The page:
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Spyware sold to governments ‘targets activists’

Human rights activists, journalists, and lawyers from around the world have been targeted by phone malware sold to authoritarian governments by an Israeli surveillance company, according to media reports.

They are on a list of some 50,000 phone numbers believed to be of interest to the company’s clients, which was leaked to major news organizations.

It is not clear where the list came from, nor how many of the calls were actually hacked.

NSO denies wrongdoing

It said the software was intended for use against criminals and terrorists and was only available to the armed forces, law enforcement agencies, and intelligence services of countries with good human rights records.

He said the original investigation that led to the reports, conducted by Paris-based NGO Forbidden Stories and human rights group Amnesty International, was “full of false assumptions and unfounded theories”.

But it added that it would “continue to investigate all credible allegations of abuse and take appropriate action”.

The Washington Post, The Guardian, Le Monde and 14 other media outlets around the world published allegations on Sunday about the use of the software, known as Pegasus.

Pegasus infected iPhone and Android devices, allowing operators to extract messages, photos, and emails, record phone conversations, and secretly activate microphones and cameras.

What do we know about the target?

Media working on the investigation say they have identified more than 1,000 people from more than 50 countries whose numbers are listed.

They include politicians and heads of state, business leaders, activists, and several members of the Arab royal family. Also on the list are more than 180 journalists from organizations such as CNN, the New York Times, and Al Jazeera.

Many of them are concentrated in 10 countries. Azerbaijan, Bahrain, Hungary, India, Kazakhstan, Mexico, Morocco, Rwanda, Saudi Arabia, and the United Arab Emirates, the reports said.

When contacted by media involved in the investigation, spokespeople for these countries denied using the Pegasus system or abusing their surveillance powers.

It is unclear how many of the devices on the list were actually attacked, but forensic analysis of 37 of the phones showed hacking “attempts and successes”, according to the Washington Post.

They include people close to Saudi journalist Jamal Khashoggi, who was murdered and his body mutilated in October 2018 while visiting the Saudi consulate in Istanbul, Turkey.

The investigation found that spyware was installed on his fiancée’s phone days after his murder, and that his wife’s phone was targeted by spyware between September 2017 and April 2018.

The NSO group claimed that its technology “has no connection to this heinous murder”.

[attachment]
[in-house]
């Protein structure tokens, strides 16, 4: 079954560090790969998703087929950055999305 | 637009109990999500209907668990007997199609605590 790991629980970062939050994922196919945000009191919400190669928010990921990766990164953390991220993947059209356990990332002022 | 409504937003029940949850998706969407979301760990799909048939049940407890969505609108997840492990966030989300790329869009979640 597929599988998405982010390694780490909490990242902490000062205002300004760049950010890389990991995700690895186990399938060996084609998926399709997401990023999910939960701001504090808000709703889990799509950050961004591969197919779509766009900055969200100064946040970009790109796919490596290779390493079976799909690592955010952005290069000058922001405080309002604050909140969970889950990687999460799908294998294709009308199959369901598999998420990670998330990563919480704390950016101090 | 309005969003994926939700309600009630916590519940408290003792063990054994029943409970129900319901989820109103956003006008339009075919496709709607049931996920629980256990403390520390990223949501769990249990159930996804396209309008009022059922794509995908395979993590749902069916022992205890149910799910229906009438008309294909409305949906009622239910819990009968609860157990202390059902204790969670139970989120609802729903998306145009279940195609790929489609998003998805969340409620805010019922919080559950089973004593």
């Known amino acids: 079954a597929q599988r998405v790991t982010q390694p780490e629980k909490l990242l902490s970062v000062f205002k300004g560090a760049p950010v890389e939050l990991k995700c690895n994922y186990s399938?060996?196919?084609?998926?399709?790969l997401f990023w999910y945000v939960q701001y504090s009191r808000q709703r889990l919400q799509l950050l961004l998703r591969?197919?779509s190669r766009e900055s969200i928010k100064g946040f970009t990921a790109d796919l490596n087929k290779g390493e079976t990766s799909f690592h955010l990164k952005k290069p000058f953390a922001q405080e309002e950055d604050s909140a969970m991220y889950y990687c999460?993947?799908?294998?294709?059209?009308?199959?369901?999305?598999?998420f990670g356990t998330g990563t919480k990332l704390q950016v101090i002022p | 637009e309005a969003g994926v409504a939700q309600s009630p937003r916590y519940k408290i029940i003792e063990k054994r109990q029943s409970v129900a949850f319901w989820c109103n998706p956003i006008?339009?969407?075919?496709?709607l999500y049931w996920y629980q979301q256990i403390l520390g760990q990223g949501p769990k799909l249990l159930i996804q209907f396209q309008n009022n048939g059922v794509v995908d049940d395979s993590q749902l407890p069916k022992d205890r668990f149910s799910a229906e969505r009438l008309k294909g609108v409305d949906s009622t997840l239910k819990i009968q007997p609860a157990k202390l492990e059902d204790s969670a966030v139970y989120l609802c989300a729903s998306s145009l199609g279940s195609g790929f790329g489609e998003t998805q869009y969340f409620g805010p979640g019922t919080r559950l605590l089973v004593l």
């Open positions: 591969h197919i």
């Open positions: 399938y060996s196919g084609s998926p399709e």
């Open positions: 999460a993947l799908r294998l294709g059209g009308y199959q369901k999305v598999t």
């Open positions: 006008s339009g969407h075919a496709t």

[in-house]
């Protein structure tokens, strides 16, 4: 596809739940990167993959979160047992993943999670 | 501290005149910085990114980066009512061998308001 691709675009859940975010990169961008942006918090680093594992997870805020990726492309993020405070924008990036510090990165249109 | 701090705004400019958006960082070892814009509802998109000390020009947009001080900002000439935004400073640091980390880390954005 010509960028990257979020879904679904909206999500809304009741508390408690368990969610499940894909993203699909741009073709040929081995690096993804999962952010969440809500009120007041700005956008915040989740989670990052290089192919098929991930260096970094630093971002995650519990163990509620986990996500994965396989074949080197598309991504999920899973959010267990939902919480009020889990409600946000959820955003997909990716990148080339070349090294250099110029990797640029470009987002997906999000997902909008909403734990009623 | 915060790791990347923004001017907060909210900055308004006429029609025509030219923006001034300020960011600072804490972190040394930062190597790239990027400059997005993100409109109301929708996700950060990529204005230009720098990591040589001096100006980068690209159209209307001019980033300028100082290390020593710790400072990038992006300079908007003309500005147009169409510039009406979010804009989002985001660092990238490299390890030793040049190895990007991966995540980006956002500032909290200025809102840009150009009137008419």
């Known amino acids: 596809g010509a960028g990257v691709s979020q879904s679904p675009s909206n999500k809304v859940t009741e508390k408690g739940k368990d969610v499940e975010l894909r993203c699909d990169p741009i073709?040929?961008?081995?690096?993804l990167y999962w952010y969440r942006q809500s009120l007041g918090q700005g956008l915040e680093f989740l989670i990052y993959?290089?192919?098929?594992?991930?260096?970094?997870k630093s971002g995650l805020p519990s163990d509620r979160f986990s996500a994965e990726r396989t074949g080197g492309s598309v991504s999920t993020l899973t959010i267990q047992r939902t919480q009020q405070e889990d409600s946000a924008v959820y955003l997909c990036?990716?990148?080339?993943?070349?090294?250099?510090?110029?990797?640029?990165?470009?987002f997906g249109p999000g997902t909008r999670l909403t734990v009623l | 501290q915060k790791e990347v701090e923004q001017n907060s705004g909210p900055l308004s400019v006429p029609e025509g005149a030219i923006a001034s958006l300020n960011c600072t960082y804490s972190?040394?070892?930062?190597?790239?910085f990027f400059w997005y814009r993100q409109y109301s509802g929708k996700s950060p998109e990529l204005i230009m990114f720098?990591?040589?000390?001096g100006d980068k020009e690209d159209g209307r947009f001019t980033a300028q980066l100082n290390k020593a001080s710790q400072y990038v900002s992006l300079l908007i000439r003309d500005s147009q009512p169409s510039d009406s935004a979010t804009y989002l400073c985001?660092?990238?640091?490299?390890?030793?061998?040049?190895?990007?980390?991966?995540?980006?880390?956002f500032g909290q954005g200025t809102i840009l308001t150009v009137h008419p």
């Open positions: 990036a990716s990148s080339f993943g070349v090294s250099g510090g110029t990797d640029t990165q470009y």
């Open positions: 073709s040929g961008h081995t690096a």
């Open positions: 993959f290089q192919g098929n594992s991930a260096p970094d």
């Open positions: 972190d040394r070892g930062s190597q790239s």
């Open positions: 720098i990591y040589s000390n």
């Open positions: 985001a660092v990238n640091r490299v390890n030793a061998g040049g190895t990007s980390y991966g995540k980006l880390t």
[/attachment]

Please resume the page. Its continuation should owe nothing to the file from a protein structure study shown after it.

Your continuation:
The investigation found that Mexican journalist Cecilio Pineda Birto’s phone was also listed twice, including the month before his murder.

His mobile phone was missing from the scene and therefore could not be examined by forensics, but the ONS said that even if his phone had been targeted, this did not mean that the data collected was linked to his murder.

The mobile phones of two Hungarian investigative journalists, Andras Szabo and Szabolcs Panyi, were found to be infected with spyware.

Mr Panyi told Forbidden Tales that learning of the hack was “devastating”.

“Some people in this country consider an ordinary journalist as dangerous as a suspected terrorist,” he said.

A spokesperson for the Hungarian government told The Guardian that they were “not aware of any alleged data collection”.

In India, more than 40 journalists, three opposition leaders and two ministers from Prime Minister Narendra Modi’s government are reportedly on the list.

More details about who was targeted are expected to be released in the coming days.

WhatsApp sued NSO in 2019, claiming the company was behind a cyber attack that affected 1,400 Pegasus phones. At the time, NSO denied any wrongdoing, but the company was banned from using WhatsApp.

The accusations are not new, but what is new is the scale of the incidents allegedly targeting innocent people. The list includes the phone numbers of nearly 200 journalists from 21 countries, and more names are expected to be revealed.

There are many unknowns surrounding these allegations, including where the list came from and how many of the phone numbers were actively spied on. NSO Group has come out again and denied all allegations, but this is a blow to a company that is actively trying to improve its reputation.

Only a fortnight ago they published their first “transparency report” detailing their human rights policies and commitments. Amnesty International treated the 32-page document as a “sales brochure”.

While the latest allegations will further damage the company’s image, they will not hurt it financially. Few private companies can produce the kind of intrusive spying tools NSO sells, and it is clear that this largely unregulated software market is booming.

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